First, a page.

Singaporean poet Arthur Yap died last week of throat cancer. Arthur has had the distinction of being listed in the encyclopaedic Oxford Companion to 20th Century Poetry. Thus, in the opinion of Oxford academics, Arthur counts as one of the world's most significant poets to have lived anytime in the past 100 years.
Still there are folks who believe that nothing in Singapore literature is worth teaching in our schools. How foolish.
Personally, I can't say that Arthur Yap is among my favourite poets. Technically, I find his poems very impressive. Emotionally, I find them difficult to love. I've reproduced one of his old poems below that perhaps illustrates what I mean. But perhaps it will be loved by those who have recently been insisting that our schools must return to a serious teaching of the rules of grammar.
the grammar of a dinner
let's have chicken for dinner.
somewhere else, someone else utters:
let's have john for dinner.
we are alarmed by the latter
but a dinner, too, has its own grammar
& we are assured by grammarians
both utterances are in order.
john, + animate, + human,
couldn't be passed off as repast.
chicken is + animate, - human,
& can end up in any oven.
if we combine the items of grammar
the way things in cooking are,
we would then have:
let's have chicken for john for dinner,
let's have chicken for dinner for john,
let's have for john chicken for dinner,
let's have for dinner for john chicken;
but probably not:
let's have john for chicken for dinner,
let's have for dinner john for chicken.
john is a noun holding knife & fork.
chicken collocates with the verb eat.
grammarians favour such words
as delicious & john eats happily,
but in a gastronomic dinner
taxonomic john isn't to eat deliciously.
That is an intensely rigorous poem, the kind that takes a few very basic, everyday words - "john", "chicken", "dinner", "eat", "delicious" - turns them inside out and extracts the maximum from them. Janadas Devan, writing for the Sunday Times, descibes this as Arthur's "extraordinary focus on the innards of language ... Nobody has come close to commanding the technical skills Yap possessed to be able to dig through words to reveal, like X-ray photographs, their skeletal structures."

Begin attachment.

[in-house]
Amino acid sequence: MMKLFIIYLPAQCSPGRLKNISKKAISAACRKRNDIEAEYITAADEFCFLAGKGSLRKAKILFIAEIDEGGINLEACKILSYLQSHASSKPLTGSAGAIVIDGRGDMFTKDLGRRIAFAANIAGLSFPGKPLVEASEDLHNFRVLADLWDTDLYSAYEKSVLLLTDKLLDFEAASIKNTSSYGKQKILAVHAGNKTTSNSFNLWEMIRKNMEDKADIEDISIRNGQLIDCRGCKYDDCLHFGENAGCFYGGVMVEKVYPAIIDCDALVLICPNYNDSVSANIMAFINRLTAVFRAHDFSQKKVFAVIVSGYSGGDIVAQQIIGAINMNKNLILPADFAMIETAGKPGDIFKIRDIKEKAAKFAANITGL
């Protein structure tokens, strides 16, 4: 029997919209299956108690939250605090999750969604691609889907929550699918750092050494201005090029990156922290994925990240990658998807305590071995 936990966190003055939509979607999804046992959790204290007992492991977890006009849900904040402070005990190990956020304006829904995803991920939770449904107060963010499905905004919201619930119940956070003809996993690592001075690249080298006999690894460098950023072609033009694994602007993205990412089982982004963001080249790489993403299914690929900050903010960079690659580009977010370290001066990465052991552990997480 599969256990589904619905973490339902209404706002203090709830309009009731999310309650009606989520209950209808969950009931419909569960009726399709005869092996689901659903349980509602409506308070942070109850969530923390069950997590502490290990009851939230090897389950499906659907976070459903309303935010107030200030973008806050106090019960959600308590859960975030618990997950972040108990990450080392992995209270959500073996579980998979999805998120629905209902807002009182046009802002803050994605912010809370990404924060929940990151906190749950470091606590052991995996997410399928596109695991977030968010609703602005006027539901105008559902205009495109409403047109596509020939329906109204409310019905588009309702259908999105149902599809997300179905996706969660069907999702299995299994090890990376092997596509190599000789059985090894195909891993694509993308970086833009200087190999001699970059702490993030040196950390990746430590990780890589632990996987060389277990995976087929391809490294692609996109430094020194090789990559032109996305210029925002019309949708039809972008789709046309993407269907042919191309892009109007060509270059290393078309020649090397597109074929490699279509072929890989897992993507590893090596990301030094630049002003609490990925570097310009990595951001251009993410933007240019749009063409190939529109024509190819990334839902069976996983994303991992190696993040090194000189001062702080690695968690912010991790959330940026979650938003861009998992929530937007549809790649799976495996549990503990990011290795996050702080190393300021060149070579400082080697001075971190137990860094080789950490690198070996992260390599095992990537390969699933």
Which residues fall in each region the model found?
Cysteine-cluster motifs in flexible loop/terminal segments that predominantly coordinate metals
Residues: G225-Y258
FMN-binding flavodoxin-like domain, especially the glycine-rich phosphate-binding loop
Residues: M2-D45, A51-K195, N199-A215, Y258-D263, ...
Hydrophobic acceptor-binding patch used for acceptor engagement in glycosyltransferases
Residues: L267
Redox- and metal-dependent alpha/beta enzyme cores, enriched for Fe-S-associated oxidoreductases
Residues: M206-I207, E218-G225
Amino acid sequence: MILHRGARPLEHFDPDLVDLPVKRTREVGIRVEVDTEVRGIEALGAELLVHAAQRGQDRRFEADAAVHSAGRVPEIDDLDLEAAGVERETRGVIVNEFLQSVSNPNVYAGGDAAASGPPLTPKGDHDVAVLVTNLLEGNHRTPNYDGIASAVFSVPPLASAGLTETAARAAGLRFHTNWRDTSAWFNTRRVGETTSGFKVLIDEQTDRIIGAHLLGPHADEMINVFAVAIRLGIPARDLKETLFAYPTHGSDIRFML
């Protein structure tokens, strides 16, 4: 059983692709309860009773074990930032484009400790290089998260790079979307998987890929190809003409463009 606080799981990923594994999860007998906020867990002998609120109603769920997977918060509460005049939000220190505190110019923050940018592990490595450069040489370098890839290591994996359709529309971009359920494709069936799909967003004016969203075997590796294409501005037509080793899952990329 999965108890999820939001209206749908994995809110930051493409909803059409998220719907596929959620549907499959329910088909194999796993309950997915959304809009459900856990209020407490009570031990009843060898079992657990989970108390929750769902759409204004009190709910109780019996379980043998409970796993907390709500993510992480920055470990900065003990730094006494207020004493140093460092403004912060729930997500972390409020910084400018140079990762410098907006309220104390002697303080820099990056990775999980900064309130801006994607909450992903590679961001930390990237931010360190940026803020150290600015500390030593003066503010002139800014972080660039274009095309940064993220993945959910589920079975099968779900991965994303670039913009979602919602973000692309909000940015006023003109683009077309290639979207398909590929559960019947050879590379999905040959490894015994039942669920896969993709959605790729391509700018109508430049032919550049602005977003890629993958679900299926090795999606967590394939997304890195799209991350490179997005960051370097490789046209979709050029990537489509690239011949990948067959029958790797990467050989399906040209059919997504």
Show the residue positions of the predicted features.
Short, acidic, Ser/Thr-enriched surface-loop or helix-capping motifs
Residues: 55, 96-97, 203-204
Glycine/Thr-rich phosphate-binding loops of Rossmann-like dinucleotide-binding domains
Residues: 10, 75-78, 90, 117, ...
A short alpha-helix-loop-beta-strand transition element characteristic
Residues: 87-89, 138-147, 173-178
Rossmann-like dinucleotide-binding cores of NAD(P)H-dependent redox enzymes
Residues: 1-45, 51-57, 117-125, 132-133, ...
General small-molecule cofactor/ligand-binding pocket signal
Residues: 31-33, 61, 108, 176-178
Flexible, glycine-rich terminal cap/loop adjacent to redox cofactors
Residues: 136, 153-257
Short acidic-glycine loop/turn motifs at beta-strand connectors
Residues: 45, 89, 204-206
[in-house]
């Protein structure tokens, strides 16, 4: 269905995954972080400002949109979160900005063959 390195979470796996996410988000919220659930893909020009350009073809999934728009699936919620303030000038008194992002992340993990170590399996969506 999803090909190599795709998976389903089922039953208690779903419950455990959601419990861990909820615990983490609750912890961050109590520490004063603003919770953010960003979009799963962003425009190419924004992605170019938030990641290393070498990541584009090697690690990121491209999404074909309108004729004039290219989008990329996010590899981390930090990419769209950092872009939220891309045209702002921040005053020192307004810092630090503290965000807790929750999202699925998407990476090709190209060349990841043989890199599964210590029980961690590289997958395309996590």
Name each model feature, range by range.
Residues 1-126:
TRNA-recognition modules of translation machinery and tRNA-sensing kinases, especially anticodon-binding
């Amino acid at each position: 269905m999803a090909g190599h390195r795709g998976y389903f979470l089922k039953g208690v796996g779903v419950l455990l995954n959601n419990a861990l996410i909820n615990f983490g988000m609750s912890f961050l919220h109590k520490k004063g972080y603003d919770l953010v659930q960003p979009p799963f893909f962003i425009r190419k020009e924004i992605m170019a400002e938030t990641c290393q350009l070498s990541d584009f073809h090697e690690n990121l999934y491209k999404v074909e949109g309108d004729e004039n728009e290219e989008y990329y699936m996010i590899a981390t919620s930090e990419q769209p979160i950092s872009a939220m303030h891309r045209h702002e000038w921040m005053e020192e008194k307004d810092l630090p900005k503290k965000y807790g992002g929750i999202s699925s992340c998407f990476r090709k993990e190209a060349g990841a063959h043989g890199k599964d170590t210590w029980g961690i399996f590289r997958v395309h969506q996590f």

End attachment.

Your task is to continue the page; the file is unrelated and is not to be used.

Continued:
June 25, 2006
Pared down poet
By Janadas Devan
ONE of Singapore's most significant artists died last week. Few Singaporeans would have noticed. Arthur Yap was a considerable painter, a gifted poet, a rare talent, but he was virtually unknown beyond the small circle of his admirers. 'For poetry makes nothing happen,' as W.H. Auden wrote on the occasion of the death of W.B Yeats. That is true everywhere, of course, but nowhere more true than in Singapore - and among Singaporean writers, more true of Yap than of any other writer.
He was the most unpoetical poet imaginable, both in his person as well as in his work. He was certainly the neatest poet I have ever met, the least emphatic, the most deliberately unlyrical. Everything about him was pared down: Physically, he was excruciatingly thin; his clothes were so understated they seemed designed, not to clothe him, but to ensure his invisibility; his gestures were algebraic equations. 'Beauty is subtraction' - one sensed this abstractionist motto served as both his personal as well as aesthetic credo.
Take this poem, 'until', on the death of his brother Anthony:
until anthony passed away